Florida Soldiers Test Army’s New Body Armor

0
329

Fort Carson soldiers of the 10th Chemical Hazardous Response Company and 71st Ordnance Group (Explosive Ordnance Disposal) took part in the last field-testing round for a new Modular Scalable Vest.

The wearing tests for the Army’s latest body armor took place from October 16 to October 20.

Based on information from the website of the U.S. Army Acquisition Support Center, the Modular Scalable Vest (MSV) is just one part of the Soldier Protection System and will be the agency’s new Personal Protective Equipment System. It was created to counter present threats at a lower weight compared to the current PPE.

Stephen McNair, Project Manager Soldier Protection Individual Equipment test manager, was on hand to watch the soldiers in their various activities – weapons training, obstacle course, tactical vehicle access capabilities, ruck march, and don and doffing procedures.

McNair said the division has worked on the bullet proof vest for five years, which underwent four versions and an extra two for its plate carrier system. He said after the evaluation is over, the vest will be put into production and be ready for field soldiers by summer 2018. 

MSV Design Expands About 2008 Modular Design

The modular design for the Improved Outer Tactical Vest was first introduced in 2008 and was then made even better for the MSV. The majority of the pouch attachment ladder system was replaced with the rubber-like material that included laser-cut holes, which lets soldiers to bring with them important gear and still decreasing the vest’s weight.

A medium-sized MSV vest is about 11 pounds without its ballistic plates. A completely configured vest will weigh around 25 pounds – five pounds lighter than the currently used IOTV.

McNair said the idea for the new body armor was to reduce the weight load for soldiers. Soldiers who tested the MSV said the vests were much lighter than the IOTV they were using.

663rd Ordnance Company platoon leader 1st Lt. Dawn Ward said the vest was much cooler and lighter, allow for a better range of motion and fit better. She said it was a big improvement to other body armors.

MSV Has Four Tier Design

Besides the weight-saving feature, the MSV is scalable thanks to its four-tier configuration. Thus, the wearer can fix the vest based on the mission requirements.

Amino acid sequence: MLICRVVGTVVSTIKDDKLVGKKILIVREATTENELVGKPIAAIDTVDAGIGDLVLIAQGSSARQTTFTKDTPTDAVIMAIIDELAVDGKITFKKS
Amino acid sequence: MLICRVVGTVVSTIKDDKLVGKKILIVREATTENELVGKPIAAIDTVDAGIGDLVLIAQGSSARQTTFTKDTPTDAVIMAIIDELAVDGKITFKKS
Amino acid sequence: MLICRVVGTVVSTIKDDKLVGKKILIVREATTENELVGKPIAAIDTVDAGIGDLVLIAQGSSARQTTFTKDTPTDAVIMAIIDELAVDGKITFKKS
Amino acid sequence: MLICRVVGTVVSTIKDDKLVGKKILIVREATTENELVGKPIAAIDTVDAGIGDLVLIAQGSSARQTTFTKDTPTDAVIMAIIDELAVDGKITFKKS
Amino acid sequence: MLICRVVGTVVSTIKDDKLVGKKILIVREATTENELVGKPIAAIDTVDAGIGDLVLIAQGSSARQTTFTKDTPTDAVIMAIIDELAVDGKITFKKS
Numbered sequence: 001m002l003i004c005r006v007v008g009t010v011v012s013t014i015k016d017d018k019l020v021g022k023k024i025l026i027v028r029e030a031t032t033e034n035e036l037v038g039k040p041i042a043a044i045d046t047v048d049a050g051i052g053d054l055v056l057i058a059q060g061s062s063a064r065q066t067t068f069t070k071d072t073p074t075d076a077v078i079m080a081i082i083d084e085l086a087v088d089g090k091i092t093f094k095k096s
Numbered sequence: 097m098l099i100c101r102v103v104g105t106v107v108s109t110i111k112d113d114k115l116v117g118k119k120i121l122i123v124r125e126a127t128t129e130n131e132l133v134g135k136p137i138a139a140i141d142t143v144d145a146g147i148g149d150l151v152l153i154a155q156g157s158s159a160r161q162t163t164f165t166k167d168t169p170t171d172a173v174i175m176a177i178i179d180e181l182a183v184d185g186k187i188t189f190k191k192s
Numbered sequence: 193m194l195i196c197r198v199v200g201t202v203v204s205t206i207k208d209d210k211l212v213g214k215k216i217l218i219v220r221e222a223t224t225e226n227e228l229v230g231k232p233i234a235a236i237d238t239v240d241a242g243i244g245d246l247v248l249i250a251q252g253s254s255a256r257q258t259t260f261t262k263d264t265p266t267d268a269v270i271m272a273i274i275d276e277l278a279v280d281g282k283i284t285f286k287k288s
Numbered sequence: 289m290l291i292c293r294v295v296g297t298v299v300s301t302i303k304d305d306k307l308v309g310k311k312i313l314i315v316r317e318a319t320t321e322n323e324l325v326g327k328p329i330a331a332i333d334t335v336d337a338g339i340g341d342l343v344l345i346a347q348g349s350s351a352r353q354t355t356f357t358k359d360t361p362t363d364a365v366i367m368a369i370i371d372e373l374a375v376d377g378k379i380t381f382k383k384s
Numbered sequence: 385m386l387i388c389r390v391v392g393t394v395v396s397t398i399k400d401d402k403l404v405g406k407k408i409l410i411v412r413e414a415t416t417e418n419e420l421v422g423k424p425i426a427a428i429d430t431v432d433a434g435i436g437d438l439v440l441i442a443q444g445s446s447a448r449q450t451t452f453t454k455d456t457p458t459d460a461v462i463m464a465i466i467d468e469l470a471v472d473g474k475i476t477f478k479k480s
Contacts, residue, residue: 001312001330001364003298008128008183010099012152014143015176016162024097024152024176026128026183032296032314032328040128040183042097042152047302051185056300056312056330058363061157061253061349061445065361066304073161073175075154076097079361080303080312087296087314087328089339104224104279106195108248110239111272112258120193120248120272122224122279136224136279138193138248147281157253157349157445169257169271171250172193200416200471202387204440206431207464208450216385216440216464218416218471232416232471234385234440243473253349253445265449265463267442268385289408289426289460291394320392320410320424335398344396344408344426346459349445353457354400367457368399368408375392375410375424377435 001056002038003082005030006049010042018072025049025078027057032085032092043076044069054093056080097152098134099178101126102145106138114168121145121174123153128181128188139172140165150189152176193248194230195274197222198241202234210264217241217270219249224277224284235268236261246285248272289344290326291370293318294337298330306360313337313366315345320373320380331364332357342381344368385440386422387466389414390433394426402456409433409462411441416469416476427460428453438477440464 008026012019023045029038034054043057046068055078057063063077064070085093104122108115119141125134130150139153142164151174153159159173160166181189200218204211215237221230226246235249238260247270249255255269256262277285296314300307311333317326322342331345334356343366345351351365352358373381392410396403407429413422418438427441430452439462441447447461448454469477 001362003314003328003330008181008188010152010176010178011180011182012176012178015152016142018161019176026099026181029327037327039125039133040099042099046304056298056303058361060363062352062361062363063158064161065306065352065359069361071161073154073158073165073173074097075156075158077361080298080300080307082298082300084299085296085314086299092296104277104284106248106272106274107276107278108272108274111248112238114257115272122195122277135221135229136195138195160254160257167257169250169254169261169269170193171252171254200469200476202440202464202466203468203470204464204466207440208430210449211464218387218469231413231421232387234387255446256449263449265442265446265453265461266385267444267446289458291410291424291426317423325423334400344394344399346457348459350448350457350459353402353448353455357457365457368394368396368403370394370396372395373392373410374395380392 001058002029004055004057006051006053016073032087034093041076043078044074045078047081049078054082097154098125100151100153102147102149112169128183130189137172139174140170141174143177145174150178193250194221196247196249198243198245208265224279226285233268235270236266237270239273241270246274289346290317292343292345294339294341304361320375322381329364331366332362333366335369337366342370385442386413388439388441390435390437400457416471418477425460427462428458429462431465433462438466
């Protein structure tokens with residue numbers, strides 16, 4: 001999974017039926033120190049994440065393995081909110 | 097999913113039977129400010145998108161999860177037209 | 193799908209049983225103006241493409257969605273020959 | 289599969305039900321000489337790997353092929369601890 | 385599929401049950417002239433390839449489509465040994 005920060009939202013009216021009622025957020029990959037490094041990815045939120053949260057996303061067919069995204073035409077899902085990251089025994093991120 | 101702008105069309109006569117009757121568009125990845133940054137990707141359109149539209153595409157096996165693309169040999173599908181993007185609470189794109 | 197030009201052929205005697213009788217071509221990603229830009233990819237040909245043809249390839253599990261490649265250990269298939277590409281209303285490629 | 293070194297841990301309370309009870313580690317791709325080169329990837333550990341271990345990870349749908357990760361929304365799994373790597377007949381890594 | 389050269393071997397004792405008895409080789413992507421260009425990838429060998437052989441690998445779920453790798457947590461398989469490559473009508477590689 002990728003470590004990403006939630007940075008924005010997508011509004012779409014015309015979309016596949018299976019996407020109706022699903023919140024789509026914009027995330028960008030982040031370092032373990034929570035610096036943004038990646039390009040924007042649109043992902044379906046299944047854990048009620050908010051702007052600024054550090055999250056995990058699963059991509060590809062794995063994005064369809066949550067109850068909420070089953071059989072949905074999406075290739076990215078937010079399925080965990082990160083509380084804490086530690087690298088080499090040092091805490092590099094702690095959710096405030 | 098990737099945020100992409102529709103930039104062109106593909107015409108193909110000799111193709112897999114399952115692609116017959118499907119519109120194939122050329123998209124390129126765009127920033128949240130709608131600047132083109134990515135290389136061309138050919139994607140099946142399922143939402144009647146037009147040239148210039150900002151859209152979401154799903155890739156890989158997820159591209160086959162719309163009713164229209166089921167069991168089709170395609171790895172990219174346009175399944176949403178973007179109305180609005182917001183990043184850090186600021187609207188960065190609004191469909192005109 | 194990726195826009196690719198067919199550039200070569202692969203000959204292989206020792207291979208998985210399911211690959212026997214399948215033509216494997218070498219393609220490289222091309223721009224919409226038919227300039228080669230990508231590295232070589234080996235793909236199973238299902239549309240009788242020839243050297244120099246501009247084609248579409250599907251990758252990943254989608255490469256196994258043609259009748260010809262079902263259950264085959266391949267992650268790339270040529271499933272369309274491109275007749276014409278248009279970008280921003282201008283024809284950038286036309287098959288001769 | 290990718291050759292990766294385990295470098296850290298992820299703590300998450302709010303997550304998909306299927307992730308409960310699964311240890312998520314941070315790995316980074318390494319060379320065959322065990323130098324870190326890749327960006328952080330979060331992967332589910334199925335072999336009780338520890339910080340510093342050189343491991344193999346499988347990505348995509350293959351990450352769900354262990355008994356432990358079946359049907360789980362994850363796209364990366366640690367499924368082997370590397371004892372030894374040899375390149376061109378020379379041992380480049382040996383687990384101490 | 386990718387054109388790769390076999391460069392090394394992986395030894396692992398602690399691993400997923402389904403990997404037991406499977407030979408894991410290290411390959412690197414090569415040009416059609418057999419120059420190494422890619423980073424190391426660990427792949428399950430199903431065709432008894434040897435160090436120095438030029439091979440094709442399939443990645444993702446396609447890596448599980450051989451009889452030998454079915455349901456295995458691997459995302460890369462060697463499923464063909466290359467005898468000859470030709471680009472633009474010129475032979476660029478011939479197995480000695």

• Tier one allows the wearer to use the inside soft armor as concealable body armor.
  • Tier two includes soft-plated armor.
  • Tier three is the vest with both soft armor and hard armor rifle plates
  • Tier four includes the extra ballistic combat shirt with built-in shoulder, neck and pelvic protection. It also has a belt system that can be used to hold soldier’s items.

764th OD CO EOD technician Spc. Isaac Bocanegra said he likes the ballistic combat shirt of the MSV to the yoke and collar design of the IOTV, as it offers him a better range of motion. He said he’s wearing the IOTV two times a day and it’s much heavier than the MSV. He said the MSV body armor would make it much easier for him to do his job.

McNair said the idea of the tier system was to distribute the weight evenly – to decrease the stress on soldiers’ upper body. He said it would be unit leadership that determines how much protection soldiers would ultimately need.

MSV Keeps One Design Feature Of Currently Used IOTV Gear

The MSV kept the IOTV’s quick-release feature, enabling soldiers to quickly remove gear in emergencies. However, the design is simpler and exchangeable. Rather than a one pull-tab, it has a buckle system that’s usable in three ways:

  • Right shoulder
  • Left shoulder
  • Both shoulders

It all depends on the preference of the wearer.

The MSV also have extendable sizing options that can be customized to different body types.

McNair said the extra range lets soldiers feel more comfortable while carrying out their tasks.

10th Chemical Hazardous Response Company nuclear specialist Spc. Hannah Carver-Frey said she has an extra-small vest because the plates are located in an area she needs them to be in and fits tighter.

McNair said PEO Soldiers developers are working on improving the protective helmet system, creating a system that makes it lighter for soldiers and still stop 7.62 rounds.

LEAVE A REPLY

Please enter your comment!
Please enter your name here